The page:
Yeo: The legitimacy of the Kim family relies on controlling information internally and externally. If the North Korean people knew the extent to which the regime perpetuated lies, there might be greater instability. Kim’s grip on power relies on perpetuating myths and lies about his power, authority and claims of benevolence.

Ziabari: Do you think the 2018 summit in Singapore was a productive meeting and as successful as President Donald Trump claimed? Will the North Korean leader agree to abandon his nuclear arsenal and cooperate with the US?

Yeo: It was useful in that it helped dial back both sides from the brink of war. However, the summit was less than productive and a bit underwhelming in providing concrete steps that might lead to improved relations, including steps toward denuclearization. No one truly knows if North Korea will denuclearize, including Kim himself. Kim may very well move toward the path of denuclearization, but it will be a lengthy process, and there’s no guarantee that he wouldn’t reverse course if he feels threatened again, both from within and from outside.

Ziabari: North Korea is believed to have over 120,000 political prisoners. There are reports that torture, abuse and sexual violence are rife in detention facilities. Is there any indication that the government is willing to change its policy and practices under international pressure and sanctions?

Yeo: The regime might take steps to change human rights practices if it doesn’t significantly destabilize the regime. But, at the moment, fear and repression are still important tools for authoritarian control.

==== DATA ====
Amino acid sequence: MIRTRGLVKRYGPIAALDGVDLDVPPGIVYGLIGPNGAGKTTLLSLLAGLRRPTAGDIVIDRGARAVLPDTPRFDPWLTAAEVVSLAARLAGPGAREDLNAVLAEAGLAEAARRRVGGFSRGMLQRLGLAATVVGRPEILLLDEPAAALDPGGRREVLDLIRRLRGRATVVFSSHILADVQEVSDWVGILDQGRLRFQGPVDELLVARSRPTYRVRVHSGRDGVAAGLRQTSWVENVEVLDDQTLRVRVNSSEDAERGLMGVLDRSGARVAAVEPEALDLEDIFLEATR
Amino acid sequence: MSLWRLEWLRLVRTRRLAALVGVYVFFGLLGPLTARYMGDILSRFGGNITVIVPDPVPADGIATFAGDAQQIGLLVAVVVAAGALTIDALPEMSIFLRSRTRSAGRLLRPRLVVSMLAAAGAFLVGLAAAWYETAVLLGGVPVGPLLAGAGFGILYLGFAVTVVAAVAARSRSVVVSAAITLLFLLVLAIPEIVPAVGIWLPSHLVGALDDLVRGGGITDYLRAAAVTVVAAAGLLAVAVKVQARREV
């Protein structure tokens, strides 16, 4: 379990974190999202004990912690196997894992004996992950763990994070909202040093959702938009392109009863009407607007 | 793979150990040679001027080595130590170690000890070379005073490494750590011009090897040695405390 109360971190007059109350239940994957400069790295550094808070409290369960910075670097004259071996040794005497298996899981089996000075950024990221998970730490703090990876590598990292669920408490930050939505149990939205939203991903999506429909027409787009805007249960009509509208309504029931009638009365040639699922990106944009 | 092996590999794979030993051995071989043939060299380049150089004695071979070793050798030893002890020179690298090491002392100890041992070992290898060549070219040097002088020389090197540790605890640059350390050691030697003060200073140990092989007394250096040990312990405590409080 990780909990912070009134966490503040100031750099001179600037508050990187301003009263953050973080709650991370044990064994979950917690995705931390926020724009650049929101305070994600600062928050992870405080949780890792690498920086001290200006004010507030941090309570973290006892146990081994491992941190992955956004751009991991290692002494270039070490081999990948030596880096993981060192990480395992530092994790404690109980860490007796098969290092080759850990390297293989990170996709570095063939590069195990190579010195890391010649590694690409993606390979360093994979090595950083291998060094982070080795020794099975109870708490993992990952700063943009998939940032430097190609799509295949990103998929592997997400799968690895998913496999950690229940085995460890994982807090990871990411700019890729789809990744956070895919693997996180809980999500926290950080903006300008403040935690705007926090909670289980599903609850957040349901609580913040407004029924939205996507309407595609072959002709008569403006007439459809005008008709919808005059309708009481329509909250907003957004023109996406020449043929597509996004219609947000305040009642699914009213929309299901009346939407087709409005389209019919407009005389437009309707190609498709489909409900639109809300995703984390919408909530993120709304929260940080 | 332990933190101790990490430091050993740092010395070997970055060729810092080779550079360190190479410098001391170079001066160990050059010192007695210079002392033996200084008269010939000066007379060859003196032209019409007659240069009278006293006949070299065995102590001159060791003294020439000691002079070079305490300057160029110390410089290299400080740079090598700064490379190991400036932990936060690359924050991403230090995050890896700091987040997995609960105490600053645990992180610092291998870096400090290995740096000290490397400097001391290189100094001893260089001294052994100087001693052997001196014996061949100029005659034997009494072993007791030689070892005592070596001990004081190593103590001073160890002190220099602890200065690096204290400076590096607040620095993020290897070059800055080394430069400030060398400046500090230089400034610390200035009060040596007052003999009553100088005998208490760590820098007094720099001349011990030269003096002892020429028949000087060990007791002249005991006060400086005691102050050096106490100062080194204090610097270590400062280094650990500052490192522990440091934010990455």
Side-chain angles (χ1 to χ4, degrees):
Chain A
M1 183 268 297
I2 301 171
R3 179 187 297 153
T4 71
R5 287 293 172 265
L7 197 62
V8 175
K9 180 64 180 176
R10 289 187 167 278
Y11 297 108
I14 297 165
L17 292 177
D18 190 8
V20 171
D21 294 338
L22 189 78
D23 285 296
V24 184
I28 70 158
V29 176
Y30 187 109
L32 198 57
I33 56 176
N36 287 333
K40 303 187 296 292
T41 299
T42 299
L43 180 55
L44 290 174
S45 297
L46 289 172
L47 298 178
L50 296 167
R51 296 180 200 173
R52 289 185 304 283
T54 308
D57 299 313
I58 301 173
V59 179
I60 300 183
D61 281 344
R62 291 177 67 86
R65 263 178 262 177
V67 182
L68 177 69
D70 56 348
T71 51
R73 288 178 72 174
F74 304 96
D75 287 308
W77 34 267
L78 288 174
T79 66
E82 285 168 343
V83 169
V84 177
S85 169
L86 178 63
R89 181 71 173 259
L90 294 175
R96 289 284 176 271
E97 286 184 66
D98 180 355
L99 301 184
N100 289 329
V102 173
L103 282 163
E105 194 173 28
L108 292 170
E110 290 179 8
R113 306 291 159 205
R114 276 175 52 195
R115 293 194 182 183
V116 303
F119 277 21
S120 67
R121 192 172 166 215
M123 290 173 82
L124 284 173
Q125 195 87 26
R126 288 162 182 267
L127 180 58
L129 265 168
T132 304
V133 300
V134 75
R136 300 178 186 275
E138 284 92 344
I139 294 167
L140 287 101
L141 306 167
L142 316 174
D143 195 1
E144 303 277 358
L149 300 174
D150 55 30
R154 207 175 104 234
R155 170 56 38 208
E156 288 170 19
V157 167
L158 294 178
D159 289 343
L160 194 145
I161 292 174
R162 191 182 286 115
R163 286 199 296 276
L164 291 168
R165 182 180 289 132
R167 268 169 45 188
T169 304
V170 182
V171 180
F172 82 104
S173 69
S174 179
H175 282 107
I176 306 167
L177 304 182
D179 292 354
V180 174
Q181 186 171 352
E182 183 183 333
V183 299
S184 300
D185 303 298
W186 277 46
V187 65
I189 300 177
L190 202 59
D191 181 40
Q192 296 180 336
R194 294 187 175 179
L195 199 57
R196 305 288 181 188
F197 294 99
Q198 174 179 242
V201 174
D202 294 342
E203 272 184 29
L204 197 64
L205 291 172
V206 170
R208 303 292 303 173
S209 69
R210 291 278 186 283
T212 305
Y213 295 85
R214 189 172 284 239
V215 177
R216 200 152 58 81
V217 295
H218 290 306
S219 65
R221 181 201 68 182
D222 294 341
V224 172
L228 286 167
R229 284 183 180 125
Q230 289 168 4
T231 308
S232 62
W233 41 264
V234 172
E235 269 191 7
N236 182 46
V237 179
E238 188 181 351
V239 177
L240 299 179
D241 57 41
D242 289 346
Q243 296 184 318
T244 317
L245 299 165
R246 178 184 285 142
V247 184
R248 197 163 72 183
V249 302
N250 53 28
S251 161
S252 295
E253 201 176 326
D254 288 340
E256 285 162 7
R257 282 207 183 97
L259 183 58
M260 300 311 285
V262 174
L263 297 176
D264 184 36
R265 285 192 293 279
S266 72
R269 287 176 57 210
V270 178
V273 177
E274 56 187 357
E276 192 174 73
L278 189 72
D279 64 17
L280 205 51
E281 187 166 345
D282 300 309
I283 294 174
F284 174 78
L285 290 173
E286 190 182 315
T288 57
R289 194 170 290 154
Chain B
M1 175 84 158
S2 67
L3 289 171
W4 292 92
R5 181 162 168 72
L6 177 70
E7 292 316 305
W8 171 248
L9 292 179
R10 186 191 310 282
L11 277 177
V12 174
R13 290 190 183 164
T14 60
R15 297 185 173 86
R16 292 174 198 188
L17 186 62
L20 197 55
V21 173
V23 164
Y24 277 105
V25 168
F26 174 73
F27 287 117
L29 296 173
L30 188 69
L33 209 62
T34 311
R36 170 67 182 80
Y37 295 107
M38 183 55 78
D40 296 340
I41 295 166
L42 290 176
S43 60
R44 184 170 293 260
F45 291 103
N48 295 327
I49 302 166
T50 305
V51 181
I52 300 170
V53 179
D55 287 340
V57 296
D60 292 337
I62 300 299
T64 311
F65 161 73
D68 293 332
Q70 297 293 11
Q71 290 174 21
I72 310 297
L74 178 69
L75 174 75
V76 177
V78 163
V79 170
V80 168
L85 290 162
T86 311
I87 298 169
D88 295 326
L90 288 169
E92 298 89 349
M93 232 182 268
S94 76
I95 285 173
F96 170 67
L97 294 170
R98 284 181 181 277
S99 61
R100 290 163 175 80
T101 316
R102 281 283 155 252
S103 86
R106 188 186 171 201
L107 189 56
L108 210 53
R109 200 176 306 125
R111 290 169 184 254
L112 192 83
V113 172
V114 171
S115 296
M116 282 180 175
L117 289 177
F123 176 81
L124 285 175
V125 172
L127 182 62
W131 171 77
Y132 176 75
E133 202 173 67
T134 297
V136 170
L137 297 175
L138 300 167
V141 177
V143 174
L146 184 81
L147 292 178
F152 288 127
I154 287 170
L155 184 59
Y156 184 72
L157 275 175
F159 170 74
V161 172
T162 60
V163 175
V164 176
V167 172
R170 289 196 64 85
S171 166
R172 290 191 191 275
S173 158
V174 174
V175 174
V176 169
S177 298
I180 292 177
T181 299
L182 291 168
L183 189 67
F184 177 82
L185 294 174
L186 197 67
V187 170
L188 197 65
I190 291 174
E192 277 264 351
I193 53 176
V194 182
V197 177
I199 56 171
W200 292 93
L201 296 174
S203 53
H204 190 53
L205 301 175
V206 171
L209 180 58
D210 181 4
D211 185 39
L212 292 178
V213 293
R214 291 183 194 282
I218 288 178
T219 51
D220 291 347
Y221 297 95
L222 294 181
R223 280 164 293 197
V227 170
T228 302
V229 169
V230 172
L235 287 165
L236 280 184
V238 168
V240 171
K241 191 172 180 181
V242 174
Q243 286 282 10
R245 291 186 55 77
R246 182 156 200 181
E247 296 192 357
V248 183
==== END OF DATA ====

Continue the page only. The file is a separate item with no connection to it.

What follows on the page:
Ziabari: Do you think regime change is a possibility in North Korea? While the government continues to violate the rights of its citizens and crack down on any sort of dissent, do you think the society is prone to radical change, manifested in the overthrow of the Kim regime?

Yeo: In the short term, a revolution from below is unlikely unless there are also simultaneous cracks within the leadership or division among elites. I haven’t seen any recent evidence that would indicate real dissent or a challenge against Kim’s rule. I think Kim Jong-un’s rule is relatively stable at the moment, but stability does not necessarily mean the absence of change. In the mid to longer term, the rise of markets might alter relationships between state and society, which in turn raise the prospects for regime change.